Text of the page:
Straight, No Chaser: Animal Bites
We love our pets, and animals in general. Is there one about which a movie hasn’t been made? In most cases they are sources of entertainment, if not love. Unfortunately, they are still animals, and on occasions instincts kick in. When this occurs, we find ourselves in danger. Today’s post reviews the dangers of various animal bites.
Dogs bite almost five million people yearly, resulting in 800,000 visits to a healthcare provider. Injuries are highest for kids between ages five and nine.
Most dog bites are to the upper extremities. (Imagine yourself reaching out, petting or slapping a dog.) However, in kids most injuries are to the head and neck. (They’re smaller.) Here are some tips to avoid getting bitten.
- If you’re considering bringing a dog into your family, remember that dogs or dog breeds with histories of aggression are inappropriate in households with children. (I’m talking to you, pit bull owner.) Also, spend time with a dog before committing. If your kids are afraid of any individual dog, hold off. That fear may create cues the dog will pick up on and create a self-fulfilling prophecy. Spaying/neutering a dog actually reduces aggressive tenderness (no puns necessary).
- Once you’ve acquired a pet dog, please never leave infants or young children alone with the dog.
- Train your dogs, focusing on submissive behaviors. Do not wrestle or otherwise become overly aggressive with your dog. If your dog develops aggressive tendencies, either get better training or remove the pet from the household before it’s too late.
- Don’t disturb your pet if sleeping, eating or caring for puppies. Also, avoid staring down your or any dog.
- Do not approach an unfamiliar dog.
- Regarding dogs you don’t know, don’t pet any new dog without allowing it to see your hand and smell you beforehand. Do not run away screaming from a dog; in fact, if you’re approached by an unfamiliar dog, your best move is to remain motionless. If you trip or fall over, roll into a ball and lie still.
In general, cat bites and scratches are much worse than dog bites. Cat bites and scratches are more of the puncture wound variety, seeding and walling off very infectious bacteria deep inside of you, which then grow and cause infections. (Dog bites are more of the ripping, tearing variety, which poses different problems, but they aren’t as dangerous from an infectious disease standpoint.) Cat bites cause skin and blood infections. You’ll know this by warmth, redness, pain and pus from the wound site. Below is a depiction of an infected cat bite wound.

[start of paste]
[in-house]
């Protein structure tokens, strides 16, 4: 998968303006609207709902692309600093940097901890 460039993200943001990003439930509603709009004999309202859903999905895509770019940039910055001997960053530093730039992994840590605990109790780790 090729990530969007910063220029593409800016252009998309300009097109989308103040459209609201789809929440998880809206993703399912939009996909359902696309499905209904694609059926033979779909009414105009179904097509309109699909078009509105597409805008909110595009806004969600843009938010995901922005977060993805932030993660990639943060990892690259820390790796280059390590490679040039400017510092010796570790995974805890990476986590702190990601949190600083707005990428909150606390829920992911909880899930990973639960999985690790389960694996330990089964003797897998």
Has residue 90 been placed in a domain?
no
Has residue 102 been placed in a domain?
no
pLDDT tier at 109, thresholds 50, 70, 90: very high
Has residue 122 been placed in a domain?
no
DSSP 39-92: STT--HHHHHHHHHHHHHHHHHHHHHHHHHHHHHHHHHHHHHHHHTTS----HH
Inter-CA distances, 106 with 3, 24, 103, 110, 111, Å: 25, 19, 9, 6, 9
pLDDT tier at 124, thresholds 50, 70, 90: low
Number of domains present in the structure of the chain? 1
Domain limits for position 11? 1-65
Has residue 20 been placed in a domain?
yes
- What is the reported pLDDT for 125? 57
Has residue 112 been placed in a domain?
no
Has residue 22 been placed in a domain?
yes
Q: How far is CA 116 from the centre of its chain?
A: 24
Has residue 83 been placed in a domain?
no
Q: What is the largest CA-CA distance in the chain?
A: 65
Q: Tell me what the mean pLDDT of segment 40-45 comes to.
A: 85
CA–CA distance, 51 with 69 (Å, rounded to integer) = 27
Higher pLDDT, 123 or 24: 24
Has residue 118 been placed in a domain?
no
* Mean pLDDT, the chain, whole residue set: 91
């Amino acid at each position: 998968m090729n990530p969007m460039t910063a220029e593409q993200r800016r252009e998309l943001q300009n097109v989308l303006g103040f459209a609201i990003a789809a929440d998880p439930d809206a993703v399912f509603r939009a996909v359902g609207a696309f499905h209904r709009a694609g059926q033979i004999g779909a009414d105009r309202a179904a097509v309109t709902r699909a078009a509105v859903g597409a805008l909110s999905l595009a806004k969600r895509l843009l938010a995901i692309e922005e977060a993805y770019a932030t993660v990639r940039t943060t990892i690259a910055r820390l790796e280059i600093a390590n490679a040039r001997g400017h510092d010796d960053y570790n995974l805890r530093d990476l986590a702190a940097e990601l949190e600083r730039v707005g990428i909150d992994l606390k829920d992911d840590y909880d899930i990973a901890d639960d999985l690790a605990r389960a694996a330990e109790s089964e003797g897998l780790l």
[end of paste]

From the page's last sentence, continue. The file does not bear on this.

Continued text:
Fever may also be present if the infection is severe enough, and yes, cat bites can be fatal if untreated. You may have heard of “cat-scratch fever.” It’s a real phenomenon. Forget the lead picture; here’s a real picture of cat-scratch fever.
All bite wounds should immediately be washed under high pressure running water, but you want to avoid any scrubbing. Applying pressure to bleeding wounds is important. Time is also important. Both cat and dog bites need to get evaluated. Expect to receive antibiotics in the vast majority of cases. Some bites will require stitches; others will not. That’s a decision for the medical professionals. Treatment may include tetanus and rabies vaccines. Get in and be seen, especially with cat bites/scratches, which can cause loss of life and limb if not dealt with rapidly and effectively.
By the way, since this is my blog, I’ll just say stop it with letting your dogs lick you and kiss you in the mouth. That’s just nasty (and that’s medically speaking). Don’t you know where their mouths have been?
The Big Yow Wow! Ow
Shark bites are the things of legends, thanks to movies like Jaws and The Deep Blue Sea, which gives the impression that sharks are serial human killers. In fact, there are about 100 shark attacks worldwide yearly, with about 15-20% of attacks being fatal. I doubt that most Straight, No Chaser readers will be shark bait anytime soon, but the first thing I will mention that’s important to know is unlike other attacks by potential predators, playing possum doesn’t work with sharks. Fight back and fight dirty, attacking the eyes and gills. Apparently, sharks like easy food. In case you’ve ever wondered, sharks aren’t biting you because they’re hungry but because they’re curious. They don’t encounter humans often and similar to how a baby puts about anything in its mouth, sharks will take an “exploratory bite.” The typical human who swims frequently enough to be in shark infested waters isn’t obese enough to keep sharks’ interest and be a focus of their diets, particularly with so many other options. The other curiosity about sharks is after that first nibble, they tend to back off and wait for prey to die before returning for the kill. They don’t seem to like fighting wounded and aggressive victims. Rather lazy, I’d say.
The real danger in shark bites is the amputation. Single bites of arms and legs can cause enough blood loss and subsequent infection to kill you, just like any other amputation. Obviously a bite to your skull, chest or abdomen can kill instantly. Treatment primarily involves aggressive fluid resuscitation and other life-supportive measures, along with assessment of infection risk with antibiotics as necessary.
The Most Dangerous Animal of Them All
Yesterday’s blog on human bites is important; it’s that frequent and important. For now, understanding that the human mouth is especially dirty and dangerous should hold you over. (Yes, it gets a lot worse than the above picture.) In the meantime, pay attention to your household pets and use the tips mentioned to avoid infection.
Feel free to ask your SMA expert consultant any questions you may have on this topic.
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